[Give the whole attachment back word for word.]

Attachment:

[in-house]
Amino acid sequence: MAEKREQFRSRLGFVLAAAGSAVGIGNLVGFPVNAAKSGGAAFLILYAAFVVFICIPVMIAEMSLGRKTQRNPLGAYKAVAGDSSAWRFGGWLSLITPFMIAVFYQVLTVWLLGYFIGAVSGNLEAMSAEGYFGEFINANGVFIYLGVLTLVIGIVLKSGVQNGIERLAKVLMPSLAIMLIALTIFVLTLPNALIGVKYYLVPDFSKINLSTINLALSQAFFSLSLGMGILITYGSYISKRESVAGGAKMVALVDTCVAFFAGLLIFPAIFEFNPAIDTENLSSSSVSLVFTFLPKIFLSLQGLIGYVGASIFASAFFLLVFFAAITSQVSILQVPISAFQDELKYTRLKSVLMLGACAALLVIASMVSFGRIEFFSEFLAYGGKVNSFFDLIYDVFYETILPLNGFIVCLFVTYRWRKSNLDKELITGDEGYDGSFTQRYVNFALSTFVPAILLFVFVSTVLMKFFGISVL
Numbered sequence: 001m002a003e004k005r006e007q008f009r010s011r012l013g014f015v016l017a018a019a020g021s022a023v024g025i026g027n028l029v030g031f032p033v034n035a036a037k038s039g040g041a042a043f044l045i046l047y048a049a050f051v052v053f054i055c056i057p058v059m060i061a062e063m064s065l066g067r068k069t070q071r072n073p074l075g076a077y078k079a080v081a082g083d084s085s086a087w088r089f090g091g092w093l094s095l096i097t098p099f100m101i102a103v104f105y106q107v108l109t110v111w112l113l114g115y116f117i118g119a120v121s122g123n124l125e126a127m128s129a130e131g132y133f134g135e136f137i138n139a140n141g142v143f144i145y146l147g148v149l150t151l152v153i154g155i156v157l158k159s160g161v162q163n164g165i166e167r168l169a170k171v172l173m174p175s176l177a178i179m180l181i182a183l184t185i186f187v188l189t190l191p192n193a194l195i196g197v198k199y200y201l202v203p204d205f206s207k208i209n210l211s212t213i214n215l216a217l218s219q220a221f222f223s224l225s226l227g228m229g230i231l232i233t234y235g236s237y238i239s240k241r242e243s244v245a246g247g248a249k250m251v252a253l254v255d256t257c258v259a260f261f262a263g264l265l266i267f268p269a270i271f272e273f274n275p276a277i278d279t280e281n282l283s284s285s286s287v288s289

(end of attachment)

[in-house]
Amino acid sequence: MAEKREQFRSRLGFVLAAAGSAVGIGNLVGFPVNAAKSGGAAFLILYAAFVVFICIPVMIAEMSLGRKTQRNPLGAYKAVAGDSSAWRFGGWLSLITPFMIAVFYQVLTVWLLGYFIGAVSGNLEAMSAEGYFGEFINANGVFIYLGVLTLVIGIVLKSGVQNGIERLAKVLMPSLAIMLIALTIFVLTLPNALIGVKYYLVPDFSKINLSTINLALSQAFFSLSLGMGILITYGSYISKRESVAGGAKMVALVDTCVAFFAGLLIFPAIFEFNPAIDTENLSSSSVSLVFTFLPKIFLSLQGLIGYVGASIFASAFFLLVFFAAITSQVSILQVPISAFQDELKYTRLKSVLMLGACAALLVIASMVSFGRIEFFSEFLAYGGKVNSFFDLIYDVFYETILPLNGFIVCLFVTYRWRKSNLDKELITGDEGYDGSFTQRYVNFALSTFVPAILLFVFVSTVLMKFFGISVL
Numbered sequence: 001m002a003e004k005r006e007q008f009r010s011r012l013g014f015v016l017a018a019a020g021s022a023v024g025i026g027n028l029v030g031f032p033v034n035a036a037k038s039g040g041a042a043f044l045i046l047y048a049a050f051v052v053f054i055c056i057p058v059m060i061a062e063m064s065l066g067r068k069t070q071r072n073p074l075g076a077y078k079a080v081a082g083d084s085s086a087w088r089f090g091g092w093l094s095l096i097t098p099f100m101i102a103v104f105y106q107v108l109t110v111w112l113l114g115y116f117i118g119a120v121s122g123n124l125e126a127m128s129a130e131g132y133f134g135e136f137i138n139a140n141g142v143f144i145y146l147g148v149l150t151l152v153i154g155i156v157l158k159s160g161v162q163n164g165i166e167r168l169a170k171v172l173m174p175s176l177a178i179m180l181i182a183l184t185i186f187v188l189t190l191p192n193a194l195i196g197v198k199y200y201l202v203p204d205f206s207k208i209n210l211s212t213i214n215l216a217l218s219q220a221f222f223s224l225s226l227g228m229g230i231l232i233t234y235g236s237y238i239s240k241r242e243s244v245a246g247g248a249k250m251v252a253l254v255d256t257c258v259a260f261f262a263g264l265l266i267f268p269a270i271f272e273f274n275p276a277i278d279t280e281n282l283s284s285s286s287v288s289